Reeling Trials

Key details

  • Verification of reeling installation criteria and design parameters

  • Simultaneous laser and camera measurements are taken along the entire length of a pipe allowing 3-D visualisation

  • Allows development of a reeling finite element model

  • Multiple scans can be used to identify pipe ovality changes throughout the reeling cycles

  • Highly accurate and repeatable tools, accurate to 0.05 mm

  • Localised features and defects can be selected and analysed in detail

  • A number of different report formats are available


TechnipFMC, Subsea 7 and a small select group of others companies are the masters of bending pipes onto a reel and taking them offshore and laying the pipe. This methodology provides a considerable cost saving as virtually all of the welds are conducted onshore with vastly reduced costs. Typically each spoolbase around the world, for example in Angola, USA, Scotland or Norway will weld together multiple kilometre long strings which are then welded together to construct a multiple kilometre string for laying in a far off location. The reason for the simulated reeling process is to ensure that the design (which is carried out by computer simulation) will meet the specification before the pipes go offshore. By convention, bending a 12 metre long single section of pipe with or without weld(s) simulates sufficienctly well the reeling process to be allow the actual reeling to be accepted.



OMS has been involved in measuring the effects of the reeling process inside the test pipes since around 2002. The simulation requires a pipe to be bent against a former of the same radius as the spool on the vessel. Then the pipe is straightened in a simulation of the unreeling process. This process is then repeated again to simulate the reeling of the pipe back onto the vessel should this be required. As the pipe is bent and unbent it will go from being more or less round to an oval shape. When it is straightened it will return to the original shape but some residual ovality will remain. The resulting information provides the pipeline engineer with vital information as to whether the design meets the specification.The solution provided by OMS supercedes any indirect method by measuring the ovality of the pipe inside before, during bending, and after straightening.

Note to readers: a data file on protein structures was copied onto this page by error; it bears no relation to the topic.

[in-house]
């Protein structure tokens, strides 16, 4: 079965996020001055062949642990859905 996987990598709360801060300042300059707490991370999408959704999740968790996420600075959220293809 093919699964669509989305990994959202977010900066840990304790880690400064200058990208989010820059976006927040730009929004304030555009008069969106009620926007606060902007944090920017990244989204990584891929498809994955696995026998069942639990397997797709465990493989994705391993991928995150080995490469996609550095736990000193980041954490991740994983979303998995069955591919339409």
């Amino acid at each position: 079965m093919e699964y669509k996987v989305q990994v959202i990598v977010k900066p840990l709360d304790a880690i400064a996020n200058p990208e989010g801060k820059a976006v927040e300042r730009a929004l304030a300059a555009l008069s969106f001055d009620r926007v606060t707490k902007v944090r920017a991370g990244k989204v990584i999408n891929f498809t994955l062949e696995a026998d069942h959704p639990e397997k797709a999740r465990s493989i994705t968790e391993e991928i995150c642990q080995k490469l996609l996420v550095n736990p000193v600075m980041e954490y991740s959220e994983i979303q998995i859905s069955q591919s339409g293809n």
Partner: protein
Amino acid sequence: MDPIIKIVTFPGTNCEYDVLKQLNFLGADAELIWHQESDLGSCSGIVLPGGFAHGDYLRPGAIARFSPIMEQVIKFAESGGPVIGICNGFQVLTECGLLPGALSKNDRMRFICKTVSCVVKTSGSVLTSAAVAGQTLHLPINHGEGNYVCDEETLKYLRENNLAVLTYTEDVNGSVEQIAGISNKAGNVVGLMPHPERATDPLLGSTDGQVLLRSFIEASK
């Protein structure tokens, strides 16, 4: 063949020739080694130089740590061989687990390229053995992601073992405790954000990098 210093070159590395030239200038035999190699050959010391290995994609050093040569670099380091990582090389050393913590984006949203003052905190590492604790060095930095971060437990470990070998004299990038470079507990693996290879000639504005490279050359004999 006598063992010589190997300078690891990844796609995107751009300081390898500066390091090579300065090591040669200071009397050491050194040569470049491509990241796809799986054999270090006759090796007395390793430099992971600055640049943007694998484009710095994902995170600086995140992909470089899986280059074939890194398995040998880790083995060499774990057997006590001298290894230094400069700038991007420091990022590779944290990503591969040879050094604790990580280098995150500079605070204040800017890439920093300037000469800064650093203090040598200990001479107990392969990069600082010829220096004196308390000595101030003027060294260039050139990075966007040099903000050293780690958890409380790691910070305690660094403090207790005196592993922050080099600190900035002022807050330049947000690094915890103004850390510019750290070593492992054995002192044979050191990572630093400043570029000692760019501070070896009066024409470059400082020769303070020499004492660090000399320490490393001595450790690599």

An OMS profiling device is put into the pipe ready for reeling and then moved along the pipe to desired test locations. The following figure illustrates an operator moving the tool within the pipe using push-rods. At each location the tool measures more than 2,000 radial distances at discrete angles. When this information is combined the result is the shape of the pipe.

By undertaking this process at the same location as the pipe is bent and unbent the vital

measurement data can be collected for the design engineer to review. The following figure illustrates a typical unwrapped and exaggerated profile of the pipe during the simulated reeling process.

While as small amount of ovality is good, excessive ovality is not. The end goal is shown in the picture below which shows how pipes of several kilometres long can be reeled onto a vessel for subsequent pipelay.